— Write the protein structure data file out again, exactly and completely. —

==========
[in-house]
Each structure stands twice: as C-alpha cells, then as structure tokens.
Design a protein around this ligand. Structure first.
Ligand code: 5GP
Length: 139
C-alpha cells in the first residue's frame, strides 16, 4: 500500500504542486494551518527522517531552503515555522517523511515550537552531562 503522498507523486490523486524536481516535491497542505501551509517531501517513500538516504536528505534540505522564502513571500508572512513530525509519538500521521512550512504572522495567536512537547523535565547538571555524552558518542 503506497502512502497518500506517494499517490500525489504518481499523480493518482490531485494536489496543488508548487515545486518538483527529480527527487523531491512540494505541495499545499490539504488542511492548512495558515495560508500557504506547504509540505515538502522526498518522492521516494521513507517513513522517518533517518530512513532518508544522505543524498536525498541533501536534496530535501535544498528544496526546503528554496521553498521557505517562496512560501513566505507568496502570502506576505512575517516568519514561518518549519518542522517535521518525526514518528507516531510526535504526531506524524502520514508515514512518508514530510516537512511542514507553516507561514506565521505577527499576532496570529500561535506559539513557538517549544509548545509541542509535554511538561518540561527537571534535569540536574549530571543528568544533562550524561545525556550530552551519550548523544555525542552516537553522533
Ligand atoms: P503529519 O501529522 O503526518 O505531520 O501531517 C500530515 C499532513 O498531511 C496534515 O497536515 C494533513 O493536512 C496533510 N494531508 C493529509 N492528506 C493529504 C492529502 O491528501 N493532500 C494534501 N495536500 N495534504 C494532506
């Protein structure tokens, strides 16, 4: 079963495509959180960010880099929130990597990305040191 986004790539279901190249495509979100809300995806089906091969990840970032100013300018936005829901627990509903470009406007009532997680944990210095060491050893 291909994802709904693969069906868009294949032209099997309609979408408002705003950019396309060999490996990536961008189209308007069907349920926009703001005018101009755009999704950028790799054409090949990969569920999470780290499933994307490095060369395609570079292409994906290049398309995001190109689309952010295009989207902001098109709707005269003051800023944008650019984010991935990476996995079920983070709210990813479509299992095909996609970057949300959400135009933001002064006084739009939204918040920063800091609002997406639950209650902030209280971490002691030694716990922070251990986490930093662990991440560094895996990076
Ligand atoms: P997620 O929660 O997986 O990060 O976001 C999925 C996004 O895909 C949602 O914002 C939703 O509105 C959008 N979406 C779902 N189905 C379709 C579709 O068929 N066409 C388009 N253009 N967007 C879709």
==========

[in-house]
Each structure stands twice: as C-alpha cells, then as structure tokens.
Design a protein around this ligand. Structure first.
Ligand code: 5GP
Length: 139
C-alpha cells in the first residue's frame, strides 16, 4: 500500500504542486494551518527522517531552503515555522517523511515550537552531562 503522498507523486490523486524536481516535491497542505501551509517531501517513500538516504536528505534540505522564502513571500508572512513530525509519538500521521512550512504572522495567536512537547523535565547538571555524552558518542 503506497502512502497518500506517494499517490500525489504518481499523480493518482490531485494536489496543488508548487515545486518538483527529480527527487523531491512540494505541495499545499490539504488542511492548512495558515495560508500557504506547504509540505515538502522526498518522492521516494521513507517513513522517518533517518530512513532518508544522505543524498536525498541533501536534496530535501535544498528544496526546503528554496521553498521557505517562496512560501513566505507568496502570502506576505512575517516568519514561518518549519518542522517535521518525526514518528507516531510526535504526531506524524502520514508515514512518508514530510516537512511542514507553516507561514506565521505577527499576532496570529500561535506559539513557538517549544509548545509541542509535554511538561518540561527537571534535569540536574549530571543528568544533562550524561545525556550530552551519550548523544555525542552516537553522533
Ligand atoms: P503529519 O501529522 O503526518 O505531520 O501531517 C500530515 C499532513 O498531511 C496534515 O497536515 C494533513 O493536512 C496533510 N494531508 C493529509 N492528506 C493529504 C492529502 O491528501 N493532500 C494534501 N495536500 N495534504 C494532506
């Protein structure tokens, strides 16, 4: 079963495509959180960010880099929130990597990305040191 986004790539279901190249495509979100809300995806089906091969990840970032100013300018936005829901627990509903470009406007009532997680944990210095060491050893 291909994802709904693969069906868009294949032209099997309609979408408002705003950019396309060999490996990536961008189209308007069907349920926009703001005018101009755009999704950028790799054409090949990969569920999470780290499933994307490095060369395609570079292409994906290049398309995001190109689309952010295009989207902001098109709707005269003051800023944008650019984010991935990476996995079920983070709210990813479509299992095909996609970057949300959400135009933001002064006084739009939204918040920063800091609002997406639950209650902030209280971490002691030694716990922070251990986490930093662990991440560094895996990076
Ligand atoms: P997620 O929660 O997986 O990060 O976001 C999925 C996004 O895909 C949602 O914002 C939703 O509105 C959008 N979406 C779902 N189905 C379709 C579709 O068929 N066409 C388009 N253009 N967007 C879709």